Yeah, definitely. All right, my next to bite you. one -- And you'll have to check me on this -- I advocate don't use a manual data refresh. So when you finish the report, make sure that it's set up to have some kind of scheduled refresh, so that people aren't looking at old data. Oh, and that reminds you of another one I should have put on the list was always have a freshness date on your report? 

Caleb Ochs: 14:11 

Oh, that's a good one. How did that one not make the list? 

Brick Thompson: 14:13 

I don't know if I forgot. 

Caleb Ochs: 14:15 

Well it did now. 

Brick Thompson: 14:16 

Yeah. So the user can see very obviously, usually near the title of the report, when was the last time this data was updated? And even better, what's the most recent data point in terms of date and time in the report. 

Caleb Ochs: 14:30 

Yeah, it's really important to drive adoption and maintain trust in the report, is if you have those little elements. They're very easy to do. And they go a long ways. 

Brick Thompson: 14:41 

Exactly. All right. Last one on the list, what is it? 

Caleb Ochs: 14:46 

So this one, this is a meaty one. But it's validation. We also think of QA and UAT, all the things that are kind of the final checks of your report before it goes out the door. Validation, I think, is super important. It can also be very, very challenging. Making sure that the numbers that you have, in your report match what you expect to see. QA, this one's kind of interesting. So I think, for this discussion, we'll just say QA is where, let's say you have a revenue number in a card at the top of the report, and then you have a table that shows revenue by customer. The sum of revenue by customer better match your top card. If it doesn't, then you've got something wrong. So you have to make sure that, you've got to go through your report -- make sure those things tie out.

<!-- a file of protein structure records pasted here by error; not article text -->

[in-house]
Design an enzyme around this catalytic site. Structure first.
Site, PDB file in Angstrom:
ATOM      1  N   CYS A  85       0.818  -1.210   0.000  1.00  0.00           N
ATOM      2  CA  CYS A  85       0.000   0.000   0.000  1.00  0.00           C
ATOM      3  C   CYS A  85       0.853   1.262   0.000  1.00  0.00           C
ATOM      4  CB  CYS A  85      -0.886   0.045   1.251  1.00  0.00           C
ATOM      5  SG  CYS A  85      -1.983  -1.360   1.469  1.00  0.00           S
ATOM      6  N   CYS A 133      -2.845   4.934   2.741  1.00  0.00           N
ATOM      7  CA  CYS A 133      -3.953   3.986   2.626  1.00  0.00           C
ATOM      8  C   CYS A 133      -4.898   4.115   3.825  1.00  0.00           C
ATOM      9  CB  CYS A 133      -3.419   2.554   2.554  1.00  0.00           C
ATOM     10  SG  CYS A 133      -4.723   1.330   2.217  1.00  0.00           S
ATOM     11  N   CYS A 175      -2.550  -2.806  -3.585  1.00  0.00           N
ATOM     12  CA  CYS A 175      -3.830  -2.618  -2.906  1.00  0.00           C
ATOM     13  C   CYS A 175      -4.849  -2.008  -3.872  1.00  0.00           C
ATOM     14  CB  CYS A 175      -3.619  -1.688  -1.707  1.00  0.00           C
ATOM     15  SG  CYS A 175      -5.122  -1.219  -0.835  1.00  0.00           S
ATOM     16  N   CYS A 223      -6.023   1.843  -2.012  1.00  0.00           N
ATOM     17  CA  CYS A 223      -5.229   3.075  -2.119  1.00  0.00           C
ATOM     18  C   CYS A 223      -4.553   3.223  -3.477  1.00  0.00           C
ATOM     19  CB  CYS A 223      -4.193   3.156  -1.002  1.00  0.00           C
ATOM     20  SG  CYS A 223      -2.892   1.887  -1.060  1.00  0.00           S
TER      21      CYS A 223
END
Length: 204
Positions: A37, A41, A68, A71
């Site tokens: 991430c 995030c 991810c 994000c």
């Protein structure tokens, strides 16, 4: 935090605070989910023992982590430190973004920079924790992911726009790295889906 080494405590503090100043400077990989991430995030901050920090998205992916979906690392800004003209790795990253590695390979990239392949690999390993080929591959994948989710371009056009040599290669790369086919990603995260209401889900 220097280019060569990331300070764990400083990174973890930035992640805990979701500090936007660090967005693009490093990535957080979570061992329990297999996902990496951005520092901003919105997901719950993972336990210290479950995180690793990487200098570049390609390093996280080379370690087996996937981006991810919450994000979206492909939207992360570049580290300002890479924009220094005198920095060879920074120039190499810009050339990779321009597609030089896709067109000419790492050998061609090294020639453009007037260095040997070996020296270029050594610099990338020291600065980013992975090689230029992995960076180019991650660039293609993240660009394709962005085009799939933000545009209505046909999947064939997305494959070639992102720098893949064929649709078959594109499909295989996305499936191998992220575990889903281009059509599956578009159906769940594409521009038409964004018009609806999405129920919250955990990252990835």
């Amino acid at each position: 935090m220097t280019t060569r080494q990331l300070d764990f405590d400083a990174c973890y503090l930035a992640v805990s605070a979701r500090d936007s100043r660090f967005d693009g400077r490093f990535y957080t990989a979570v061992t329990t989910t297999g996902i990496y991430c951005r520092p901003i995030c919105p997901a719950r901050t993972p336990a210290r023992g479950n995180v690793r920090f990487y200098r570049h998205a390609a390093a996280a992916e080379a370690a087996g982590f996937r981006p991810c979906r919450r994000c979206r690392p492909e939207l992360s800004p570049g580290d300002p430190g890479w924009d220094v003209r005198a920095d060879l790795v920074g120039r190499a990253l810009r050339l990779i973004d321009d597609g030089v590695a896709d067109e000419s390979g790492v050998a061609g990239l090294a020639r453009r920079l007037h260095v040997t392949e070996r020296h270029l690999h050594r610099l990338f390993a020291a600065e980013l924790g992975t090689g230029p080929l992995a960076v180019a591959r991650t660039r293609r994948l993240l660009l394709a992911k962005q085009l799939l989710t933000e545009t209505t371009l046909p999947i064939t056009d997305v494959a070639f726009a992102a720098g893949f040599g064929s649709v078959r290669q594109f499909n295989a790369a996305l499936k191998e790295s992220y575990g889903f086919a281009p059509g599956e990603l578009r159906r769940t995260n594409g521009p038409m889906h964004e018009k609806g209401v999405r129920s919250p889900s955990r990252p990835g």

Brick Thompson: 15:37 

Yeah. So not just that it matches up with the source data, but that you have internal consistency as well. 

Caleb Ochs: 15:45 

Right, exactly. 

Brick Thompson: 15:46 

Yeah, this one's so important. It's, again, I've made this mistake. Build a quick report. I check a few data points. Everything looks good, and I'm running with it and find out that I didn't think about the edge cases enough. Obviously, when we're doing production reporting, we have a very strict and structured approach to that QA and validation so that we check the edge cases and make sure that we've hit everything that we can think of. But even when you're doing a casual report, take the time to do that. Because you never know how a report is going to get used, and you'd hate to give it to someone and have bad data in it. 

Caleb Ochs: 16:23 

Right, yup. Well said. 

Brick Thompson: 16:25 

All right. Well, we made a list of 10, "Top 10". We can probably come up with more now that I'm thinking about it. But that's our 10 items for How Not to Build a Dashboard. Any closing thoughts? 

Caleb Ochs: 16:40 

Don't do those. (laughing) 

Brick Thompson: 16:43 

Thanks, Caleb. Talk to you soon. 

Jon Thompson and Suzanne Rains

Written by Jon Thompson and Suzanne Rains

Jon Thompson is co-founder and Chief Strategy Officer at Blue Margin Inc. An author and speaker, Jon sheds light on how businesses can take advantage of a revolution in business intelligence to become data-driven and accelerate their success. Suzanne Rains is a communications specialist at Blue Margin Inc. With a MA in Human Resources and BAs in Marketing and Management, Suzanne unites an understanding of human nature and a keen interest in industry research to author thought leadership articles for today’s business leaders.